Today, European nations have far less direct control over the state structures of the once formally colonised nations. Economic underdevelopment through unfair terms of trade effecting job markets, healthcare provision and other social services, however, means the people of the Global South continue to push for access to the wealth of their own nations, the majority of which flows to Europe and North America.

It is therefore unsurprising that huge numbers of Africans, Asians and South American people make their way to Europe in the hope of attaining the jobs and services denied to them by the economic policies push by Britain and its allies.

It is even less surprising that large numbers of asylum seekers wishing to enter the relative safety of Europe after fleeing conflicts in which Europe and North America are either engaged in, or fund and supply weapons to.

The “terrorists” as portrayed by the British during the 1950s were the Mau-Mau of Kenya, whose violent uprising against the colonial state was met with harsh repression, culminating in torture, forced starvation and death camps, leading to the murder of over 13,000 Kenyan terror suspects.

The structures of state power bureaucratised and administered some of the most destructive manifestations of violence of the century, in order to maintain control of the people within its borders.

In order to maintain imperial dominance in the 21st Century, Britain has constructed border patrols and police forces alongside private security firms to repress the people of the Global South through a rationale not dissimilar from the colonial state control of the 19th and 20th century.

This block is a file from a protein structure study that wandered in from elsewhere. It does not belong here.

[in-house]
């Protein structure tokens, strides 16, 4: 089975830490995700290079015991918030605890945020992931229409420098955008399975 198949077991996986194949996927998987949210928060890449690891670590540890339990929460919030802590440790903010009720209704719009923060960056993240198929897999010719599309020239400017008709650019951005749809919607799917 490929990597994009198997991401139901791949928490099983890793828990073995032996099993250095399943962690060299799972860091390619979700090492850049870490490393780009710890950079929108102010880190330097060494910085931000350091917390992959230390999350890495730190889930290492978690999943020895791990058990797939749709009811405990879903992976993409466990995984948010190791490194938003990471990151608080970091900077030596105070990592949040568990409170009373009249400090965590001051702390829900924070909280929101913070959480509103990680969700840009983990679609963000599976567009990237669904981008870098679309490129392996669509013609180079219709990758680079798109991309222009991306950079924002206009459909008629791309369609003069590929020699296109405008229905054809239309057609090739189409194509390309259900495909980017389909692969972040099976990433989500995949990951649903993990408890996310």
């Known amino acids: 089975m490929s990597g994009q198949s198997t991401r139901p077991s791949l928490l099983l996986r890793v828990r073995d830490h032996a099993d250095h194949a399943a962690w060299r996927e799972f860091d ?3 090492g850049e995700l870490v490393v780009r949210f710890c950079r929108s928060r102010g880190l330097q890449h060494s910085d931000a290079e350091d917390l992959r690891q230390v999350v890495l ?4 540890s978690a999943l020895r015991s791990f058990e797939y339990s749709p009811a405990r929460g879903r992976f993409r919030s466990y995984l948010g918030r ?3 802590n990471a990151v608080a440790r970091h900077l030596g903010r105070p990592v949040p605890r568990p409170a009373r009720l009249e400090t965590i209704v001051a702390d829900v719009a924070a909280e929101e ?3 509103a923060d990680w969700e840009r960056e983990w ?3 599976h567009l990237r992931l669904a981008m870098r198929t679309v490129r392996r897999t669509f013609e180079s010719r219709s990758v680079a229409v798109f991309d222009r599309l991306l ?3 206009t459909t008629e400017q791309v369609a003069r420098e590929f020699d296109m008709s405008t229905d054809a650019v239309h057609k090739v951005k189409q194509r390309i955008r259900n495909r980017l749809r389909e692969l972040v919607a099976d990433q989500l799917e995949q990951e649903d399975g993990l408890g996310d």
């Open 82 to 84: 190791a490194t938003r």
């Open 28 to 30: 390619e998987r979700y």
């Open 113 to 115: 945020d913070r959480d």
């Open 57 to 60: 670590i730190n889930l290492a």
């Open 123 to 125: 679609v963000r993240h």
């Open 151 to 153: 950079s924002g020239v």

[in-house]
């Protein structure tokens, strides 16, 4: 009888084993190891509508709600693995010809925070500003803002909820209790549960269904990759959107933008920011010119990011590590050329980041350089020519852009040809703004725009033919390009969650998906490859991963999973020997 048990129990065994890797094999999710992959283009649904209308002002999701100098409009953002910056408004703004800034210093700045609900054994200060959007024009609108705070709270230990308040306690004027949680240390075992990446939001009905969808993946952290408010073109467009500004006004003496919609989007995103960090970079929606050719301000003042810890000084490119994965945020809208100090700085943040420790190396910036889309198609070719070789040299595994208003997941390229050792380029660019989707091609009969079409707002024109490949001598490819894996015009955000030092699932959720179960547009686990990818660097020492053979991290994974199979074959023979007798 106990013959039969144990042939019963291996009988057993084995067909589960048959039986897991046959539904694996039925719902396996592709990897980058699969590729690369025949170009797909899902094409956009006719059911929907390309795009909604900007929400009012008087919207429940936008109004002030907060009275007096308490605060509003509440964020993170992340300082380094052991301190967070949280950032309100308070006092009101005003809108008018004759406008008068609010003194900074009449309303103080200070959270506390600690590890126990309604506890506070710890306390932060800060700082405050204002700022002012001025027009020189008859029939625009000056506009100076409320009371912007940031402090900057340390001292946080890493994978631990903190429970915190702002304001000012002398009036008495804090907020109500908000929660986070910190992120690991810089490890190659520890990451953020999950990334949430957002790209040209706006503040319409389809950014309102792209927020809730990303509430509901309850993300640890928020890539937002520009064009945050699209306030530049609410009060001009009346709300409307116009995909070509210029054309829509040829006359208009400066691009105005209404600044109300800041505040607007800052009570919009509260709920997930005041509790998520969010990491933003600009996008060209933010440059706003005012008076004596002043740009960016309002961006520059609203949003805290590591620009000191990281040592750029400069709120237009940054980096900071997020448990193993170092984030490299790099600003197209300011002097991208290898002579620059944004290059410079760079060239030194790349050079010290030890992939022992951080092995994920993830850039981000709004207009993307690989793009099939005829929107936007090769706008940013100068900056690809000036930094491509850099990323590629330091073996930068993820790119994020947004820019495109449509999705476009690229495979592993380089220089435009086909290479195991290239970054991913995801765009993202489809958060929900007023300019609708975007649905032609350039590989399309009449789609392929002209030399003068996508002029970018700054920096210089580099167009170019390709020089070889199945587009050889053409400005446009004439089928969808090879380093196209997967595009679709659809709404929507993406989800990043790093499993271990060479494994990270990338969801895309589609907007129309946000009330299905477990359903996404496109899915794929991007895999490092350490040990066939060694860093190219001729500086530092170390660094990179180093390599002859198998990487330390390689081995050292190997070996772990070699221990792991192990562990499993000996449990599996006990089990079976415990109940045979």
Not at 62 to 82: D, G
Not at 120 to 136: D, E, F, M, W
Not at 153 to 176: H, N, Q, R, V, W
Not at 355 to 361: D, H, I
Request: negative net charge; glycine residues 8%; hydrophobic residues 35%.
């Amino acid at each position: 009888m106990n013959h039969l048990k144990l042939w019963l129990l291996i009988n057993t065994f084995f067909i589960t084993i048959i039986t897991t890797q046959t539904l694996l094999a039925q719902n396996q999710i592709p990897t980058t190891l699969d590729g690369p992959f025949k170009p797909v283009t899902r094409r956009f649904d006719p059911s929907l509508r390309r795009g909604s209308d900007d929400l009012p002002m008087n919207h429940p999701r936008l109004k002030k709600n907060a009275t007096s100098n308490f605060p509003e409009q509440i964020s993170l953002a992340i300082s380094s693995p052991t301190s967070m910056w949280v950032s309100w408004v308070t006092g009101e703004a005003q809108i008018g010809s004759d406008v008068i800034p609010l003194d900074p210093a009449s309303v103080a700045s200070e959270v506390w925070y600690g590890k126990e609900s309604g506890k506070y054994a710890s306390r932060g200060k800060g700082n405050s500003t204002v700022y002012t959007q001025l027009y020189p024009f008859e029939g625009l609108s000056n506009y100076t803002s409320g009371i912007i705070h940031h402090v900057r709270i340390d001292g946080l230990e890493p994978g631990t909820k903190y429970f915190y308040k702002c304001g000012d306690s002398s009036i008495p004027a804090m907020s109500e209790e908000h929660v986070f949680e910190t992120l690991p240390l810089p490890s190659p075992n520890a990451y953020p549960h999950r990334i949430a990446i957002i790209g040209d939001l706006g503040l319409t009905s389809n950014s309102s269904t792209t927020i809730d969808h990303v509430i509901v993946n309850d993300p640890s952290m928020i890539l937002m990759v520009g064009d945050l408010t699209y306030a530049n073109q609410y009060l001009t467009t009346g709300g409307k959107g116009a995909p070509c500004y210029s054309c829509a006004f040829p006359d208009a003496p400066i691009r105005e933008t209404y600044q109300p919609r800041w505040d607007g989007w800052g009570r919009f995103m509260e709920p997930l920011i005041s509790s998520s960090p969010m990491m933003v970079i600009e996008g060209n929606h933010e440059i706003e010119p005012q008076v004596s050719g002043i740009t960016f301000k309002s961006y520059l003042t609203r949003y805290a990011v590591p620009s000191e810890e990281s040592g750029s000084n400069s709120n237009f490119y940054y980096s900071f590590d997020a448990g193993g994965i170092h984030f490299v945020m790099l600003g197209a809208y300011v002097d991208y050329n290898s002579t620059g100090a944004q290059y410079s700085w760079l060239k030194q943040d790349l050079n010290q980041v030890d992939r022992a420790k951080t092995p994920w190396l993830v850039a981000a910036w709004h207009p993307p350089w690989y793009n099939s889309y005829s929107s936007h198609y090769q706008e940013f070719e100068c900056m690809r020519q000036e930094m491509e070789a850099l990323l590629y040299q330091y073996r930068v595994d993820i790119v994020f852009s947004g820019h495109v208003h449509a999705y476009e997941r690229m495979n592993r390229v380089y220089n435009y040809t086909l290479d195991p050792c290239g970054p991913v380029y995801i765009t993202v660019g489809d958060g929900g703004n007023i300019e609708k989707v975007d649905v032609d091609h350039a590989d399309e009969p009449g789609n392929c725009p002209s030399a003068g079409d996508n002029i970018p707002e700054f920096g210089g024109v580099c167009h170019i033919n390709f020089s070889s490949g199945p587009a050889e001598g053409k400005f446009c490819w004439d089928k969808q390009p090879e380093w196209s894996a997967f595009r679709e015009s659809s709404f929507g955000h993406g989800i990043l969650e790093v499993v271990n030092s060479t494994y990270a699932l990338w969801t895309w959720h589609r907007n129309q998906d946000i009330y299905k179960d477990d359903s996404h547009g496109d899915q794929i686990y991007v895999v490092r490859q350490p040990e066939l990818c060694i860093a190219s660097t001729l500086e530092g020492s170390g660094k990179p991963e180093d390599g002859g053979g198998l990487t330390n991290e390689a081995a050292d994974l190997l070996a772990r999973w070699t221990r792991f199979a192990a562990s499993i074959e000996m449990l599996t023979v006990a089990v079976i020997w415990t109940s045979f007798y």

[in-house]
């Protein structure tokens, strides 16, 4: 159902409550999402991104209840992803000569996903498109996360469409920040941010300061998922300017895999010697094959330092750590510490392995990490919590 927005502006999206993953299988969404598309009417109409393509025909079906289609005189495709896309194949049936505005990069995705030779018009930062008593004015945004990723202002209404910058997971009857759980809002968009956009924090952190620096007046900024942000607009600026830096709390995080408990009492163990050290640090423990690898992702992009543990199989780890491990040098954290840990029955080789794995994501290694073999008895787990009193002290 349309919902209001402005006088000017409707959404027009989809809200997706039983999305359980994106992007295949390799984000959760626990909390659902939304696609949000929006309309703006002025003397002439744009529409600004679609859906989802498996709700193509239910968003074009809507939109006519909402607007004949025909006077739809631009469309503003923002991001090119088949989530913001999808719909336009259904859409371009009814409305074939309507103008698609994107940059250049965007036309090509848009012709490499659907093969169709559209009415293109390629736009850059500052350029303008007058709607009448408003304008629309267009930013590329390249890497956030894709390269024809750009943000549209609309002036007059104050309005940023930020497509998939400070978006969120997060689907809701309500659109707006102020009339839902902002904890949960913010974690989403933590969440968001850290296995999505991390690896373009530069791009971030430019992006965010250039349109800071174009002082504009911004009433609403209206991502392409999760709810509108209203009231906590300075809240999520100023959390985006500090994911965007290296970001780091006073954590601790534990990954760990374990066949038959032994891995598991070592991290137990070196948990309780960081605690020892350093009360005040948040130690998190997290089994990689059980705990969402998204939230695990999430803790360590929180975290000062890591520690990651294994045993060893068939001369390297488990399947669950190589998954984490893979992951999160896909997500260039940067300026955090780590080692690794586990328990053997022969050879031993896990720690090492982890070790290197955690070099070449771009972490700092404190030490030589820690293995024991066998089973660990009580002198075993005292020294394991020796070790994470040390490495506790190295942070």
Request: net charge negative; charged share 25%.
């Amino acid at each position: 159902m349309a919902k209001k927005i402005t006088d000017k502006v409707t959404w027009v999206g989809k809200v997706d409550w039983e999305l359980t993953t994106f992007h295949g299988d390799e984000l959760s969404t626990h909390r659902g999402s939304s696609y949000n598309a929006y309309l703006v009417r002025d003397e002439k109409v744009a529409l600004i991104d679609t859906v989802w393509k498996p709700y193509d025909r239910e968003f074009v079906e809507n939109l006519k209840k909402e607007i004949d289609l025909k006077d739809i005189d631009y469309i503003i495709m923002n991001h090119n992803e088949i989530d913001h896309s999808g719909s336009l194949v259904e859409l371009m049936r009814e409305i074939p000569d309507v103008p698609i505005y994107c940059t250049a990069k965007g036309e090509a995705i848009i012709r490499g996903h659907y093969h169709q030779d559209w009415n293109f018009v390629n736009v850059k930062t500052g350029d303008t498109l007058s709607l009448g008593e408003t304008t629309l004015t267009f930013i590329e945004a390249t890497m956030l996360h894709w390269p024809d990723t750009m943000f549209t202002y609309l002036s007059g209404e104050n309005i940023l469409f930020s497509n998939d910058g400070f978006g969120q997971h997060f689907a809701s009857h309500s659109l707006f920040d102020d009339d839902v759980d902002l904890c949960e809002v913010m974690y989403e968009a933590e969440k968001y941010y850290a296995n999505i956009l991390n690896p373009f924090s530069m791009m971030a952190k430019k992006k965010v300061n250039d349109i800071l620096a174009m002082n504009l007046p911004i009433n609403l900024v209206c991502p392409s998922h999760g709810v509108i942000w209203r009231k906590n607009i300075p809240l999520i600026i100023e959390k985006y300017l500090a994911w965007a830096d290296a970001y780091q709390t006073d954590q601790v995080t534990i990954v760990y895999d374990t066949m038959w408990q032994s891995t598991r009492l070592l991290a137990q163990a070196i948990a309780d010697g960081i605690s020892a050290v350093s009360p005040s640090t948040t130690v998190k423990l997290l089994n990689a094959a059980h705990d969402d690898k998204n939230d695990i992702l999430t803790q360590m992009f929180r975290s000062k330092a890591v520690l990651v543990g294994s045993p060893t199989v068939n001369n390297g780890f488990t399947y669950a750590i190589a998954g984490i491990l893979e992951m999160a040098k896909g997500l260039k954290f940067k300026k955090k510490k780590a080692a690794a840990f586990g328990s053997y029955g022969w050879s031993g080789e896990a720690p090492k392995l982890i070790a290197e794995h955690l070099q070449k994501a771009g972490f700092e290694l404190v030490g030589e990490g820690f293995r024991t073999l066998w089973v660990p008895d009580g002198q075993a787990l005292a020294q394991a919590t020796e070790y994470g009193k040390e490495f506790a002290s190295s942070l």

The immigration detention centres (recently relabelled “Removal Centres”, in another nod to Orwellian Newspeak) where people are being kept indefinitely, often witness lengthy hunger strikes by the detainees, as has happened recently at Campsfield Detention Centre, Oxford, where Iraqi detainees explained: “if we were returned we would be left to survive for ourselves on the streets with nothing. Some of us don’t even know if our family members are alive or dead because we haven’t had any contact with them for a long time”.

Last week, thirty protesters from No Borders, Stop Deportation and other groups blocked the joint entrance to the two detention centres near Heathrow airport. Six activists encased their arms in glass and plastic tubes attached to concrete barrels. Coaches were supposed to take around 70 people to the airport for deportation, accompanied by twice as many immigration officers and private security guards.

Past actions have enabled detainees to get court injunctions through in order to force the courts to recognise their legal right to stay. Direct action against the state’s monopoly on physical control of people is a well-proven method of resisting the colonial state.

Often viewed through the lens of human rights, anti-deportation and no borders campaign/activist groups are in fact engaging in a form of anti-imperialism which began life in the colonised countries.

Challenging the imperial state from within its core in addition to its military invasions and occupations abroad, offers a modern manifestation of anti-imperialism in which the fight against the empire and its legacies is given another dimension.

If migrant solidarity in Europe becomes as widespread as had the resistance to Empire in colonised nations, an anti-imperialism which builds on the rich history of resistance to state-power led by the Mau-Mau, the anti-apartheid movement and others, can delegitimize, weaken and dismantle the Eurocentric nation-state as we know it.

Adam Elliott-Cooper, a writer and activist, is Ceasefire Associate editor. His column on race politics appears every other Sunday.